How to Care for a Pet Turtle

Finding a vet who takes care of tortoises can be difficult, so it’s a good idea to check with veterinarians in your area before buying a tortoise. One advantage of tortoiseshells is that they don’t require regular vet visits like many other pets. However, it does mean that when you are taking your turtle to the vet, it is likely because they are sick or injured, which can easily cost you $100-1,000 or more.

What Kind of Home Does My Pet Turtle Need?


For smaller turtles, a reptile tank will likely suffice. Larger tortoises may need their own room or enclosed space. Ideally, all turtles should have a safe outdoor space to spend time in. To set up an outdoor enclosure, you will need to make sure it is secure from other animals and will keep your turtle safe. The last thing you want is to investigate your turtle only to find it’s missing!


The substrate you use for your tortoise should be absorbent so that your tortoise does not stand in the garbage. Coco coir, peat and clay are all acceptable. Reptile substrate bark and mulch and coconut husk chips are all good substrates if your choice is something chunky. For outdoor enclosures, your turtle needs grassy areas and will likely enjoy areas with dirt. Bermuda and fescue grasses are recommended but not required. Make sure any grass or weeds growing in the space are safe in case your turtle eats them.

light and heat

For indoor enclosures, your turtle will need light that provides UV rays. It helps in the production of vitamin D, which leads to the production of calcium. They also need a heat lamp that provides a warm place to maintain their body temperature. Ideally, you should have one light and one heat lamp, not one lamp for both jobs. Most of the enclosure should have UV light, but the heat should be concentrated in one spot, so your turtle has the ability to move in and out of space as needed.


Your turtle won’t really need toys, but they will appreciate an enclosure with different textures and things like caves and bridges or basking platforms. They may also appreciate plants or other objects to rub against to scratch any itch.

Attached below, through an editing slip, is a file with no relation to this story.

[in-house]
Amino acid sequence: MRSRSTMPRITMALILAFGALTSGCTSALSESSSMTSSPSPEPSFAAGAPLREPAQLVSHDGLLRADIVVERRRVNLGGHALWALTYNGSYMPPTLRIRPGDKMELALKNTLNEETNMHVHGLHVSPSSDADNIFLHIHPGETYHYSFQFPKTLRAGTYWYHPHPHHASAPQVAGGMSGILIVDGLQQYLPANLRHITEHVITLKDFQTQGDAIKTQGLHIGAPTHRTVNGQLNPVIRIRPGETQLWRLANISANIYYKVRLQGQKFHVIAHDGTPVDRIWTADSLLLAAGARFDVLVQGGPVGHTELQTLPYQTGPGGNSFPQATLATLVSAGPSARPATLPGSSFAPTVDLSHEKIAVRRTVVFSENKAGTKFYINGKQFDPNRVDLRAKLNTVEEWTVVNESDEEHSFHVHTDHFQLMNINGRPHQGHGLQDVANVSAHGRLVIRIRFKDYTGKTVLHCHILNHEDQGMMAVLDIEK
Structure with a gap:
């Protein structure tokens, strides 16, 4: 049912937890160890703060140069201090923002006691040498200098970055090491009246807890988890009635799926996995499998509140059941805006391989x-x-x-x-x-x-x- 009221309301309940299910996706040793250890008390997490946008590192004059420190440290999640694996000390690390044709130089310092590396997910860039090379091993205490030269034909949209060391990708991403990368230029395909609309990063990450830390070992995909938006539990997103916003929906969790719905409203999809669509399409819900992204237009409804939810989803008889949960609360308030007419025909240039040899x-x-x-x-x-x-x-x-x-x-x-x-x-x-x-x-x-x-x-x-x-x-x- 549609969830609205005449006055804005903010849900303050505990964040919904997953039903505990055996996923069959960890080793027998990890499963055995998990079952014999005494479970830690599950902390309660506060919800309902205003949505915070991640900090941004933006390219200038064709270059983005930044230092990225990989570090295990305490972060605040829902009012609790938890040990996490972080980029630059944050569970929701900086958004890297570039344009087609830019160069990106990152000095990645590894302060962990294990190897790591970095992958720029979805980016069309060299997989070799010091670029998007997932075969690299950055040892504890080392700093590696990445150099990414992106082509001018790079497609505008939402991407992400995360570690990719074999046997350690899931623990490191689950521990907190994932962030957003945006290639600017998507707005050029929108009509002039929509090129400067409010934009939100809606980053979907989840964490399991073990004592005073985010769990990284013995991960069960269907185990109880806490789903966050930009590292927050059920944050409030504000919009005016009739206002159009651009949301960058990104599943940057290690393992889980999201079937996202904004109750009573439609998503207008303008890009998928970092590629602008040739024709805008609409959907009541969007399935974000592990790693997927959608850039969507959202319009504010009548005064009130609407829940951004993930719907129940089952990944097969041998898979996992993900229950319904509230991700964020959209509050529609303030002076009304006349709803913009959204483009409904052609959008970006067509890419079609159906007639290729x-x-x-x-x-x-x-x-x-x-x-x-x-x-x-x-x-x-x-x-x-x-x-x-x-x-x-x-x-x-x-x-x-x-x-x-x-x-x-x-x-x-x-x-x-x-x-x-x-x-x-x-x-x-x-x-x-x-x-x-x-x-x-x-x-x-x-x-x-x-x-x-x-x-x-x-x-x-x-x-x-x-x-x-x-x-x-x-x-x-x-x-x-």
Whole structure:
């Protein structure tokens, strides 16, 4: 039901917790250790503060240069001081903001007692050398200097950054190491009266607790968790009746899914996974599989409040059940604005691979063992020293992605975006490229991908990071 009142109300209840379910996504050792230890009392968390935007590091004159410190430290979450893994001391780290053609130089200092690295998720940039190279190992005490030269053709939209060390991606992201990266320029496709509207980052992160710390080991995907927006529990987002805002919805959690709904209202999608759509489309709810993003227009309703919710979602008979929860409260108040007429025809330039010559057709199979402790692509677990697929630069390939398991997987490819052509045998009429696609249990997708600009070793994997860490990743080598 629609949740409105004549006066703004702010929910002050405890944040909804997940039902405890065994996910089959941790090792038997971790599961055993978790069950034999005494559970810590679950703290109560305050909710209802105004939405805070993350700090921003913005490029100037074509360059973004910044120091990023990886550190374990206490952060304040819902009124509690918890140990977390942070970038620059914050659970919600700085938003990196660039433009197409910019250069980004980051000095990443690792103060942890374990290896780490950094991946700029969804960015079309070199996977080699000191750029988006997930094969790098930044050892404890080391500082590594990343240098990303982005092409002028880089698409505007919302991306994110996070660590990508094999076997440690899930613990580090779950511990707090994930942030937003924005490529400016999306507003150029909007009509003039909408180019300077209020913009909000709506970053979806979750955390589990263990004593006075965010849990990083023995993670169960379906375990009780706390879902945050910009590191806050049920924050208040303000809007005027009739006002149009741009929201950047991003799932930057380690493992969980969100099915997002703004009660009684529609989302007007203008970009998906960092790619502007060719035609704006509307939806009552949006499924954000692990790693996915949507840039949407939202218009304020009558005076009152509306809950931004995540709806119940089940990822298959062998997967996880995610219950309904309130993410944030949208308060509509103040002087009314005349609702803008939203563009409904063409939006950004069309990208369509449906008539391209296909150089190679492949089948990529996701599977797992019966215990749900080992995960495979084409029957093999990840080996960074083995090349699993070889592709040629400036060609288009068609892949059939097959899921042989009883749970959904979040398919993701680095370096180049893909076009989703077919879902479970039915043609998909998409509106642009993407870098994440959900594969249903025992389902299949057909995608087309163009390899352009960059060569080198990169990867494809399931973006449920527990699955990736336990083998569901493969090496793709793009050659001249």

food and water

Your tortoise will need a dish that holds their water and is easy to clean so you can prevent algae and waste buildup. A food dish isn’t required, but it’s a good idea because it will make cleaning up leftover food easier, allowing you to keep the enclosure clean.

What should I feed my pet turtle?

Almost all turtles are true herbivores, so their diet should reflect this. The basis of the diet should be fresh vegetables. On a daily basis, about 80% of your tortoise’s diet should be vegetables, mainly greens. They are partial to things like mustard greens, collard greens, and dandelion greens. They can also have foods like sweet potatoes, capsicum and cauliflower. The diet should include fresh fruits like strawberries, blueberries, cherries and melons. However, fruits should not be offered daily.

The rest of the diet should be supplemented with a commercial tortoise food, which should be kept in enclosures and kept fresh at all times. A calcium supplement should be added to your turtle’s food 2-3 times per week, depending on your turtle’s calcium needs, which vary from species to species. A reptile multivitamin can be added once or twice a month as needed, but talk to your vet to make sure it is an appropriate age for your turtle.

Your turtle should always have access to fresh, clean water. It is especially important to check water in outdoor enclosures to prevent evaporation and pests.

How do I care for my pet turtle?


On a daily basis, you should give your tortoise fresh vegetables and a commercial diet free of charge. Your tortoise will also appreciate fruits and weeds such as dandelion and clover. Just make sure whatever you choose is free of pesticides and wash it thoroughly. Fruits can be offered once or twice a week, but they should not be eaten in excess. Other foods offered as treats are things like alfalfa hay and calcium supplementation can be achieved with calcium powder, cuttlebone, or calcium blocks. If you have an omnivorous tortoise, such as a red-footed tortoise, protein should be introduced at least weekly.